The Ginger Ninjas: A Bike Touring Band

The next time you think your panniers are too heavy, just imagine how much they’d weigh if you were a bike touring band!

That’s exactly what the Ginger Ninjas are: a troop of musicians that travel by bicycle, carrying absolutely everything with them. Their instruments, speakers, even the stage – and that’s in addition to the normal bike touring load of equipment, cooking gear and clothes.


Not only have the Ginger Ninjas chosen bicycles instead of the standard van to carry their gear but they also get the audience to pedal bikes during each show, providing the energy needed to power the concert.

We recently learned that the Ginger Ninjas are touring Europe this summer, along with several other bike-powered artists (see tour locations and dates). They’re calling it the Pleasant Revolution. We were able to catch up with Ginger Ninjas band member Joey by email recently, to find out more about this amazing group.

1. Why did you decide to use the bicycle as a way to take your band on tour?

We’ve chosen the bicycle because it’s the most efficient tool for getting around without polluting. They power our sound system, they carry all our stuff, and bicycles are just plain fun.

2. In 2007, you toured 8,000km from California to Mexico. Can you give us a few highlights from that tour?

Wow. Where to start? Here are some highlights:

  • Leaving at 1 am the night of Halloween and camping by the Yuba river.
  • Climbing a massive hill up a dirt road on the first day while getting used to 175 pounds of gear.
  • Coasting downhill all day from Tepic way up in the mountains of Nayarit, Mexico to Platanitos by the Ocean.
  • Staying at a mansion with a private beach in a jaguar reservation.
  • Staying with the son of the founder of Cirque du Soleil at his five story mansion on the beach and making a movie called “The Spork of Manifestation” in one day.
  • Playing in just about every bar in Sayulita, Mexico over a week and then ascending a huge mountain and bombing down the other side to Moscota.
  • Camping at a volcanic hot river.
  • Riding with the mayor of Guadalajara (city of 4+ million people) as well as Mexico City (8+ million people.)
  • Riding with the monarch butterflies near Morelia.
  • Getting to Palenque, Chiapas, Mexico and seeing the pyramids.
  • Camping in amazing beautiful places.
  • All the amazing snacks and food we ate at the hundreds of breaks we took.

And that’s the tip of the iceberg of experience.


3. What about any unexpected challenges you had to overcome? How did you deal with them?

There were many unexpected challenges. The pedal power system wasn’t finished when we left. It was actually built and finished while on the road by Dante Espinosa. It also had never been road tested and thus had to be fixed a lot as we traveled.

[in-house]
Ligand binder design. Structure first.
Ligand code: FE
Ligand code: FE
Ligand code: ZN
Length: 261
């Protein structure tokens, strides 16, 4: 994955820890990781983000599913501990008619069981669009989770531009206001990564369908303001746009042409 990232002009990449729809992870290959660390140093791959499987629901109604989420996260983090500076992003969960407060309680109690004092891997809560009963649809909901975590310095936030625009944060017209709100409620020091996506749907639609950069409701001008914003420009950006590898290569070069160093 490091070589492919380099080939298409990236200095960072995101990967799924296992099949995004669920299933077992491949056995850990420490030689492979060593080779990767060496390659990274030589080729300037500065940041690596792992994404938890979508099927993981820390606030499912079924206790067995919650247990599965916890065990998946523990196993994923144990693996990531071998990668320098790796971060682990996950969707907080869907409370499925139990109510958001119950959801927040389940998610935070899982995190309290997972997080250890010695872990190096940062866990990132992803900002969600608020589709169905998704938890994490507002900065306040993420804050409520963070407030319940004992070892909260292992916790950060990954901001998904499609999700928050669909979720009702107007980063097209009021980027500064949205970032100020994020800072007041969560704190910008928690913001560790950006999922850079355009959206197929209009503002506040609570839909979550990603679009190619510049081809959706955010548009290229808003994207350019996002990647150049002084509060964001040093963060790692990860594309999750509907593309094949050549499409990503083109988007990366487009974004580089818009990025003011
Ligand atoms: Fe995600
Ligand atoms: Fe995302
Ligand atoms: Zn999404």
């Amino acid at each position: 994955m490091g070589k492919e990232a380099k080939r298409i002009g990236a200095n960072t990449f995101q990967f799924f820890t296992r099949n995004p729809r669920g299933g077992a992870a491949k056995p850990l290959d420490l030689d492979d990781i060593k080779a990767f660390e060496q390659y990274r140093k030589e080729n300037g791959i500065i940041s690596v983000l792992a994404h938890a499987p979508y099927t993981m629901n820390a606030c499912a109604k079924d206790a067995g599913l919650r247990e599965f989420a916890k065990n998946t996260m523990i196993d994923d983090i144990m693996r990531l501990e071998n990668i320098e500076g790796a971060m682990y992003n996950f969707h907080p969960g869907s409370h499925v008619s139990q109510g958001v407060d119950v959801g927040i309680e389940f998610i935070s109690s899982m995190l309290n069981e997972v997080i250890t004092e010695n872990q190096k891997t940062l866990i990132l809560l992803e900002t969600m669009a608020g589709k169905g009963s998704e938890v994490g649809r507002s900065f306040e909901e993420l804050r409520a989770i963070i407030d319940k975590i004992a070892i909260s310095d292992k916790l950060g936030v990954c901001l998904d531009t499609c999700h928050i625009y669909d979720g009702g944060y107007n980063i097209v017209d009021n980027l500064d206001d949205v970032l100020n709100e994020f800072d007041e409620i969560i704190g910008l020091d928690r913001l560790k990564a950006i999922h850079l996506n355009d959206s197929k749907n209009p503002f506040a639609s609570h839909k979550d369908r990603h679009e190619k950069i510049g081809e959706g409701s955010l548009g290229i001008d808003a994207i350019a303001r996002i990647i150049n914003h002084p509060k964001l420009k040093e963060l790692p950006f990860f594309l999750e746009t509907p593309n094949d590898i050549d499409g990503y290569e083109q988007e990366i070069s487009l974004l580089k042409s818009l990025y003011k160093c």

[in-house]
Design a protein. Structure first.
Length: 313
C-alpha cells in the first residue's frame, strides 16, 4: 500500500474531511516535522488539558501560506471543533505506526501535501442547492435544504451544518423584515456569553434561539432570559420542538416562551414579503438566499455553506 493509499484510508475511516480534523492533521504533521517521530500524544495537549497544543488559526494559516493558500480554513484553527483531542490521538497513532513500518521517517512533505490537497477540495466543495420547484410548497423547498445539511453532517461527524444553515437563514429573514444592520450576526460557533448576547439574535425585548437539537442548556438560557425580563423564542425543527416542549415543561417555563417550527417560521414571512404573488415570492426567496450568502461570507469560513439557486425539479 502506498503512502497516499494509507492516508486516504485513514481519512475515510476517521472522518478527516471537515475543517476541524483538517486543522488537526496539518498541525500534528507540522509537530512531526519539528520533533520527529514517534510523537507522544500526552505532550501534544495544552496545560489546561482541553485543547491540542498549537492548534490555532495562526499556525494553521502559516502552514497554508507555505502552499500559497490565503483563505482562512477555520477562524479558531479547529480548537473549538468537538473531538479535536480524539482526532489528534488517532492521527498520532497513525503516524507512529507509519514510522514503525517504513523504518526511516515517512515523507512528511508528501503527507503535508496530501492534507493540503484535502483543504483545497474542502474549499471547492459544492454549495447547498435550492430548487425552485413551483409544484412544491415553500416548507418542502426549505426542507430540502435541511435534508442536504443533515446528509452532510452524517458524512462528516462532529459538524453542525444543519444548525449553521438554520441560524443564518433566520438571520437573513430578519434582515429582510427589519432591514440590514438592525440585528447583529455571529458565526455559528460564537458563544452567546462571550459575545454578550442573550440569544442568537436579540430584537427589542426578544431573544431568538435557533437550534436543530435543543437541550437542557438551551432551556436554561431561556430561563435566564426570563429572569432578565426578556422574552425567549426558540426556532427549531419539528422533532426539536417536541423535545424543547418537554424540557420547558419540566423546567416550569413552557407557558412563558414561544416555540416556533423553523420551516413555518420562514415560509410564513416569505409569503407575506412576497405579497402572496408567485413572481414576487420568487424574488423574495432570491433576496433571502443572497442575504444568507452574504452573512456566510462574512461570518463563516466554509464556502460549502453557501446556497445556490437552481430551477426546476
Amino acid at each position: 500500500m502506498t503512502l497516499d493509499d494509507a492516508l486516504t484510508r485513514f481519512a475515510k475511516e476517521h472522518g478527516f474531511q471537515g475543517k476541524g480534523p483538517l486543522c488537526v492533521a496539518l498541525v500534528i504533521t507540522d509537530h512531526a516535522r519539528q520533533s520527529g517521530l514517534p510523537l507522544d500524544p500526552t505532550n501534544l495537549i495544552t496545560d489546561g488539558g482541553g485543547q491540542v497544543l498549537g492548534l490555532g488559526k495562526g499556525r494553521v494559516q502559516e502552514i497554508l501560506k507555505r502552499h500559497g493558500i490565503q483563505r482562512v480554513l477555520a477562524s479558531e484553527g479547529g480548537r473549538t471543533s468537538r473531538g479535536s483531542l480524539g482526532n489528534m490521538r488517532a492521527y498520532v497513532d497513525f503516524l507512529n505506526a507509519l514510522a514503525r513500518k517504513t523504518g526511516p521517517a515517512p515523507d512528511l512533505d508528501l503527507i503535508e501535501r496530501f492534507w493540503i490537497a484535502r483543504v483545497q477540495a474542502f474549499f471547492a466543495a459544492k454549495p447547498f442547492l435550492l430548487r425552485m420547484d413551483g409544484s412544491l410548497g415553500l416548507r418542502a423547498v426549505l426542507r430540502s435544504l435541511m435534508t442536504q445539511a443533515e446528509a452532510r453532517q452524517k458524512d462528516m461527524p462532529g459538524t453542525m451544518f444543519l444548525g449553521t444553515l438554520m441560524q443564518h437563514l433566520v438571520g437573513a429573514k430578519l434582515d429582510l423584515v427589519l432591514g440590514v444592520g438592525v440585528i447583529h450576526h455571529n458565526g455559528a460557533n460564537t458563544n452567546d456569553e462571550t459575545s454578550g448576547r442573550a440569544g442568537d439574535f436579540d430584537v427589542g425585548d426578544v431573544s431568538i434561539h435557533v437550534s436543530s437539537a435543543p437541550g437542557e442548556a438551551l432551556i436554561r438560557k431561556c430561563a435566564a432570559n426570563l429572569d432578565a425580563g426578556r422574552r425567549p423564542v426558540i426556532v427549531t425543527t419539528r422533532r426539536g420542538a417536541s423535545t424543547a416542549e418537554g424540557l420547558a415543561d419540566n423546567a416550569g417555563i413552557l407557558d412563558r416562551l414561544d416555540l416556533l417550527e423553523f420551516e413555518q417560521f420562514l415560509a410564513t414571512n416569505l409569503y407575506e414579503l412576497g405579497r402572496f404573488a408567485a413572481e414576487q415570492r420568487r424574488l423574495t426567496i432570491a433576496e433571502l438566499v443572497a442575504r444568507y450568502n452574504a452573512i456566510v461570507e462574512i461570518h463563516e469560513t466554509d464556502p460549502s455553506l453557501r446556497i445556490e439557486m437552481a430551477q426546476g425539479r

Peoples’ knees hurt. Dante got a concussion on the first day (wore his helmet every day after that!). Many things came up. We stuck together and figured things out. People took a train if their knees hurt and there was a train option. People cried. We hugged. That’s how we dealt with unexpected challenges. Hugs and hard work!

4. How are the group dynamics on such a tour? Sometimes it’s hard for 2 people to tour together, let alone 15.

The group dynamics were, to say the least, interesting. We all got along really well, even though a lot of us had never met before the tour. Tensions rose, but we had group meetings occasionally that sometimes lasted hours where we’d talk things over. Some people decided to leave the tour for personal reasons. Other people would join up for a short while and in some cases, the rest of the tour. We had our fights and our blowouts, but all in all it was like a mobile bicycling yoga music party while we were touring. We feasted on excellent food and enjoyed the views.

5. What kind of a packing list do you have? Do you skimp on the normal bike touring gear because you have to carry all the musical equipment?

Because we have Xtracycle Free Radicals, Surly Big Dummies and Yuba Mundo cargo bicycles, we can carry the normal cycling tour gear plus our musical equipment. Some people skimp on their personal gear and that is encouraged in the group. The less personal stuff you have, the more group gear you have room for.

For this tour, we have 2 professional chefs who are carrying a whole kitchen. We have a bike mechanic who is carrying a mobile bike shop (tools, parts). We have a tour artist/blogger who is documenting. Then there are all the musicians. Two people have to carry our 40 pound JBL EON hyper-efficient speakers. Most of our bikes weigh between 150 and 200 pounds.

Check out the Ginger Ninja website to find out more about the band. You can also help with their fundraising efforts for the International Bicycle Fund, a group dedicated to encouraging bike transportation worldwide, or donate through the band’s own fundraising page to support their tour.

You can also see a video of their travels from California to Mexico.